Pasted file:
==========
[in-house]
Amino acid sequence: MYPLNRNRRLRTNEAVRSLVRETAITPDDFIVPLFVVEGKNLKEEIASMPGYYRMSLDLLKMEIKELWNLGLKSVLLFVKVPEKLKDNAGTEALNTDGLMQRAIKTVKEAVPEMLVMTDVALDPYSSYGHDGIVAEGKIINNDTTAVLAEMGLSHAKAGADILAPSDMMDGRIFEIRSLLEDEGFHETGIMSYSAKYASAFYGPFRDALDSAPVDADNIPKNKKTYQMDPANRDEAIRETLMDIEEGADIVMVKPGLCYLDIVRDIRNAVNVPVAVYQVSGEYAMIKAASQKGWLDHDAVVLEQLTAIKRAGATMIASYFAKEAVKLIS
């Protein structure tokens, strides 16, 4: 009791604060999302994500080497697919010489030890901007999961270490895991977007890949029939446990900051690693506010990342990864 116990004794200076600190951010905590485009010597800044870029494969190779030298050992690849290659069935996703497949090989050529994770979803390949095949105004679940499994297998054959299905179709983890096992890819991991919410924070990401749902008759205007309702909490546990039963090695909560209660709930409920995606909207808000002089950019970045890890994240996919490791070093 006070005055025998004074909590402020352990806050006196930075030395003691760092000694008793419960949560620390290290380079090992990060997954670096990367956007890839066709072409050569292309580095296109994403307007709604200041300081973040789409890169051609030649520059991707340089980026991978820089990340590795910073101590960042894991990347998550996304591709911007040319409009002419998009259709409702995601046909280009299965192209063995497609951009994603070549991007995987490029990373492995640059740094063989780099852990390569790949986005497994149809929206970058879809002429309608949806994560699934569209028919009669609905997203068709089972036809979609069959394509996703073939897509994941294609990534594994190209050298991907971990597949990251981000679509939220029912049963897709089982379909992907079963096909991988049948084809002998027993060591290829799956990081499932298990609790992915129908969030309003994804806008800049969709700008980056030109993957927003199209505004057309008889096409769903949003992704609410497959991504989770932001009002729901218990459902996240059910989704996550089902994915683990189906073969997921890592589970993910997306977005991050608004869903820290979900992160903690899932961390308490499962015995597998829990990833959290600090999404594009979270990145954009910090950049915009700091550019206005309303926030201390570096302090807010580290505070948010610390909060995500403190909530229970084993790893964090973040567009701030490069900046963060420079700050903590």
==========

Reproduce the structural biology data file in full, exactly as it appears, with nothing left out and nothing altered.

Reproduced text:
[in-house]
Amino acid sequence: MYPLNRNRRLRTNEAVRSLVRETAITPDDFIVPLFVVEGKNLKEEIASMPGYYRMSLDLLKMEIKELWNLGLKSVLLFVKVPEKLKDNAGTEALNTDGLMQRAIKTVKEAVPEMLVMTDVALDPYSSYGHDGIVAEGKIINNDTTAVLAEMGLSHAKAGADILAPSDMMDGRIFEIRSLLEDEGFHETGIMSYSAKYASAFYGPFRDALDSAPVDADNIPKNKKTYQMDPANRDEAIRETLMDIEEGADIVMVKPGLCYLDIVRDIRNAVNVPVAVYQVSGEYAMIKAASQKGWLDHDAVVLEQLTAIKRAGATMIASYFAKEAVKLIS
């Protein structure tokens, strides 16, 4: 009791604060999302994500080497697919010489030890901007999961270490895991977007890949029939446990900051690693506010990342990864 116990004794200076600190951010905590485009010597800044870029494969190779030298050992690849290659069935996703497949090989050529994770979803390949095949105004679940499994297998054959299905179709983890096992890819991991919410924070990401749902008759205007309702909490546990039963090695909560209660709930409920995606909207808000002089950019970045890890994240996919490791070093 006070005055025998004074909590402020352990806050006196930075030395003691760092000694008793419960949560620390290290380079090992990060997954670096990367956007890839066709072409050569292309580095296109994403307007709604200041300081973040789409890169051609030649520059991707340089980026991978820089990340590795910073101590960042894991990347998550996304591709911007040319409009002419998009259709409702995601046909280009299965192209063995497609951009994603070549991007995987490029990373492995640059740094063989780099852990390569790949986005497994149809929206970058879809002429309608949806994560699934569209028919009669609905997203068709089972036809979609069959394509996703073939897509994941294609990534594994190209050298991907971990597949990251981000679509939220029912049963897709089982379909992907079963096909991988049948084809002998027993060591290829799956990081499932298990609790992915129908969030309003994804806008800049969709700008980056030109993957927003199209505004057309008889096409769903949003992704609410497959991504989770932001009002729901218990459902996240059910989704996550089902994915683990189906073969997921890592589970993910997306977005991050608004869903820290979900992160903690899932961390308490499962015995597998829990990833959290600090999404594009979270990145954009910090950049915009700091550019206005309303926030201390570096302090807010580290505070948010610390909060995500403190909530229970084993790893964090973040567009701030490069900046963060420079700050903590």